It becomes clear that Iago is the only character aware of the situation’s irony. On a numerous occasions he makes ironic references, and one imagines him giving a knowing smile. It is first evident when he says, “I must show out a flag, and sign of love”. This wonderful line refers to his job as ensign. The typical requirements of a flag-bearer are extreme loyalty and trustworthiness, since he leads the armies into battle. Iago is aware that he fulfils neither, and it humours him. He knows that he is scheming and ‘two-faced’ – he swears “by Janus”, the two-headed god. He relishes being evil, and the audience knows what he is thinking when he says such things.
Characters unwittingly make references close to Iago’s real personality. Most are directed towards him in good humour. An example comes in the strangest scene of all, when Iago uncharacteristically becomes a performer and starts entertaining. In response to his rhymes about women, Desdemona calls him “a most profane and liberal counsellor,” unaware that her remark is very true; but the audience is aware, and a sinister air permeates through the comedic front. Brabantio is close to the truth when he calls Iago a “profane wretch”. Ironically, this is said out of annoyance at being awoken rather than out of genuine belief. Of course, the difference between this remark and Desdemona’s is that the audience does not realize that Brabantio speaks the truth when he does; it is only when recalling the scene later that one realizes the irony of it.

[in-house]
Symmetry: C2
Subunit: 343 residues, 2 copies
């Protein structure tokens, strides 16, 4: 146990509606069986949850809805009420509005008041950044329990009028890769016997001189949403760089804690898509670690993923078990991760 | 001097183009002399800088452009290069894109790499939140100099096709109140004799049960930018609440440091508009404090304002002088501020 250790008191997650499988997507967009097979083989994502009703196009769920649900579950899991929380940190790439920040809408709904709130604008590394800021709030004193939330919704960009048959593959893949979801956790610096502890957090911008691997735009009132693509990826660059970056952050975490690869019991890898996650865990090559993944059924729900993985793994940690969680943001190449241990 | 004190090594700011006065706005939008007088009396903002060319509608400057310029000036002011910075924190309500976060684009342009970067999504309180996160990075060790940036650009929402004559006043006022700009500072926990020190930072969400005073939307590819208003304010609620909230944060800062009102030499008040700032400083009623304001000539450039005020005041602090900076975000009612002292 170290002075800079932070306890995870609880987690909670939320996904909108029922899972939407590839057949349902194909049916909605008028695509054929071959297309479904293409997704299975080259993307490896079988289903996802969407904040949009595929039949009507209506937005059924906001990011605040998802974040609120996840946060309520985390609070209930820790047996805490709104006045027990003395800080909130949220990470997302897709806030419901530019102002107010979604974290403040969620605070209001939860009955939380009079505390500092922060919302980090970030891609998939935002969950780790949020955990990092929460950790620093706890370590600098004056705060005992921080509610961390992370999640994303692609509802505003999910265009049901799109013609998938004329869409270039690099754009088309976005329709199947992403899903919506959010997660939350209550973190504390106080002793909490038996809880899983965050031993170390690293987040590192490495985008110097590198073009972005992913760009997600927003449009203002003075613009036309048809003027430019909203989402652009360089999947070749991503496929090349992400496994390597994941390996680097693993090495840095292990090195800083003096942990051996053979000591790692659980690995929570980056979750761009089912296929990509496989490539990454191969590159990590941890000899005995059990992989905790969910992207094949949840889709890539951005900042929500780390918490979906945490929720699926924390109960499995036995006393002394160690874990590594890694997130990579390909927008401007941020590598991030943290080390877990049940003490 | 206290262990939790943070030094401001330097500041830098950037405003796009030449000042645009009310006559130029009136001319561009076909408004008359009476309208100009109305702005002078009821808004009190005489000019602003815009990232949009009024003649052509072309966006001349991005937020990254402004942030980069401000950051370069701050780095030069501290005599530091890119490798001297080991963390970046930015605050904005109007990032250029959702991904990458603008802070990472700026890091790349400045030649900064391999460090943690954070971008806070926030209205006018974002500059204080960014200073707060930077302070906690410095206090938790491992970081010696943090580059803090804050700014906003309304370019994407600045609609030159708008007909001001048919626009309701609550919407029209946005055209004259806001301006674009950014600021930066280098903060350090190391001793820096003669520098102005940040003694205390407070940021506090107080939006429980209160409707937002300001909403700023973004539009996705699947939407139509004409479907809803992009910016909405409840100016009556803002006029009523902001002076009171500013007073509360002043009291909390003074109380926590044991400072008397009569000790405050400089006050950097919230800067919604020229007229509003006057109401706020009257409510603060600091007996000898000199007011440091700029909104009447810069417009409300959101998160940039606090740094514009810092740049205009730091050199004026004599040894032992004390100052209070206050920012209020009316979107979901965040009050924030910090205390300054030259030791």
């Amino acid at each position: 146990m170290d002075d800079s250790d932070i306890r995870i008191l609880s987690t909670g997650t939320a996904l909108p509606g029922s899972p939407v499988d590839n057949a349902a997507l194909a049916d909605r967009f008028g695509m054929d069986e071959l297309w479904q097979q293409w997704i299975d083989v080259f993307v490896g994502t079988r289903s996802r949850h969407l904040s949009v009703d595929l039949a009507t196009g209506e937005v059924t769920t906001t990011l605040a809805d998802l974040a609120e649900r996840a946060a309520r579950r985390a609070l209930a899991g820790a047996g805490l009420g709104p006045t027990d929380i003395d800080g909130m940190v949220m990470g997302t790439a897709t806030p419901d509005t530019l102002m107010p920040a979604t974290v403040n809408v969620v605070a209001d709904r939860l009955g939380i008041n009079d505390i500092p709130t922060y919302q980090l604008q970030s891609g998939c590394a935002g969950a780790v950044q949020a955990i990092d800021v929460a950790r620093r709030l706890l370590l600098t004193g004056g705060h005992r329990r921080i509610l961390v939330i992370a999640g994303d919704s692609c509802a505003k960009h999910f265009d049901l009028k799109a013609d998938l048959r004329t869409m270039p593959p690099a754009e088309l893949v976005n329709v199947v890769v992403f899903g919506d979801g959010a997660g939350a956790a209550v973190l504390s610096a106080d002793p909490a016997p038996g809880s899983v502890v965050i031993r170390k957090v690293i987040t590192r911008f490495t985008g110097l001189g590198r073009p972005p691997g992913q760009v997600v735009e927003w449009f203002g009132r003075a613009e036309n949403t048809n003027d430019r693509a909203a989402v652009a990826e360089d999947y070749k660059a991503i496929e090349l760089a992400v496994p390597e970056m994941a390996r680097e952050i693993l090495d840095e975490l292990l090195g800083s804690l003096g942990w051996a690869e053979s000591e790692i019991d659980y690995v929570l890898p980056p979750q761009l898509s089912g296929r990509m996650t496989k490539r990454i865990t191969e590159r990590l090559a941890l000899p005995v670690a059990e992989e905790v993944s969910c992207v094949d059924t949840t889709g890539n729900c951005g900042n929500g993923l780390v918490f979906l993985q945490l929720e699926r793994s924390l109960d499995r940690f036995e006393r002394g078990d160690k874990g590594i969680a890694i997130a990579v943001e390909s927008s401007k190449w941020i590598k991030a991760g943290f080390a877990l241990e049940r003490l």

It is not only that characters refer to Iago’s true nature unknowingly; the opposite is true. When they speak of Iago earnestly, they are far from the truth. Specifically, there is the famous reference constantly repeated by Othello: “honest Iago”. Cassio says “I never knew / A Florentine more kind, and honest”. The dramatic irony here is obvious. Othello trusts this “honest” man absolutely, believing him fully. At the same time, as his trust in Iago grows, his trust in his own wife diminishes until Iago becomes Othello’s “friend” and Desdemona is simply a “whore”. Othello makes other ironic comments concerning his wife. He tells Lodovico, “And she’s obedient: as you say obedient.” This is sarcastic, but the ironic twist is that the audience knows what he says to be literally true.